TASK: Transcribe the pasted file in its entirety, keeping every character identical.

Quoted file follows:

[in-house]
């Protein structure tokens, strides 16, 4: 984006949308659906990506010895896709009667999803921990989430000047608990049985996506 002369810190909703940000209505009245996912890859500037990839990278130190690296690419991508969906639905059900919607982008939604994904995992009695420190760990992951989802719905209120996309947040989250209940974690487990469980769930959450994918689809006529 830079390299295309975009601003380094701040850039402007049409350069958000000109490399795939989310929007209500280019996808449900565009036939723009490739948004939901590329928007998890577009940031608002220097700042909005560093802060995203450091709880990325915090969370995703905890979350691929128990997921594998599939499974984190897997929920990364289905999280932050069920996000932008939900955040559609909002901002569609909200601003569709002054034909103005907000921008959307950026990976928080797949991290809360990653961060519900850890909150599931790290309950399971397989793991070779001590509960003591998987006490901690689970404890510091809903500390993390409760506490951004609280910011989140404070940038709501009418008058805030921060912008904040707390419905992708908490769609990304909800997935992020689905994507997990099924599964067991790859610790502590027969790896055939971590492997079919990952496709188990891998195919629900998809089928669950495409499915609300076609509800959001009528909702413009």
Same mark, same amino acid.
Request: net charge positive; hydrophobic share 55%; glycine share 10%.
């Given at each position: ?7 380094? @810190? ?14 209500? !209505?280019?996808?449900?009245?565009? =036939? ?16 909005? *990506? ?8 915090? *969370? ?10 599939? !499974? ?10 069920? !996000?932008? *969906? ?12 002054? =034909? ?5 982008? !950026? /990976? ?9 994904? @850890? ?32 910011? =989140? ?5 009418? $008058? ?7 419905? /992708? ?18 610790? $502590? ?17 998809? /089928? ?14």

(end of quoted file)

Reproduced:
[in-house]
């Protein structure tokens, strides 16, 4: 984006949308659906990506010895896709009667999803921990989430000047608990049985996506 002369810190909703940000209505009245996912890859500037990839990278130190690296690419991508969906639905059900919607982008939604994904995992009695420190760990992951989802719905209120996309947040989250209940974690487990469980769930959450994918689809006529 830079390299295309975009601003380094701040850039402007049409350069958000000109490399795939989310929007209500280019996808449900565009036939723009490739948004939901590329928007998890577009940031608002220097700042909005560093802060995203450091709880990325915090969370995703905890979350691929128990997921594998599939499974984190897997929920990364289905999280932050069920996000932008939900955040559609909002901002569609909200601003569709002054034909103005907000921008959307950026990976928080797949991290809360990653961060519900850890909150599931790290309950399971397989793991070779001590509960003591998987006490901690689970404890510091809903500390993390409760506490951004609280910011989140404070940038709501009418008058805030921060912008904040707390419905992708908490769609990304909800997935992020689905994507997990099924599964067991790859610790502590027969790896055939971590492997079919990952496709188990891998195919629900998809089928669950495409499915609300076609509800959001009528909702413009």
Same mark, same amino acid.
Request: net charge positive; hydrophobic share 55%; glycine share 10%.
């Given at each position: ?7 380094? @810190? ?14 209500? !209505?280019?996808?449900?009245?565009? =036939? ?16 909005? *990506? ?8 915090? *969370? ?10 599939? !499974? ?10 069920? !996000?932008? *969906? ?12 002054? =034909? ?5 982008? !950026? /990976? ?9 994904? @850890? ?32 910011? =989140? ?5 009418? $008058? ?7 419905? /992708? ?18 610790? $502590? ?17 998809? /089928? ?14």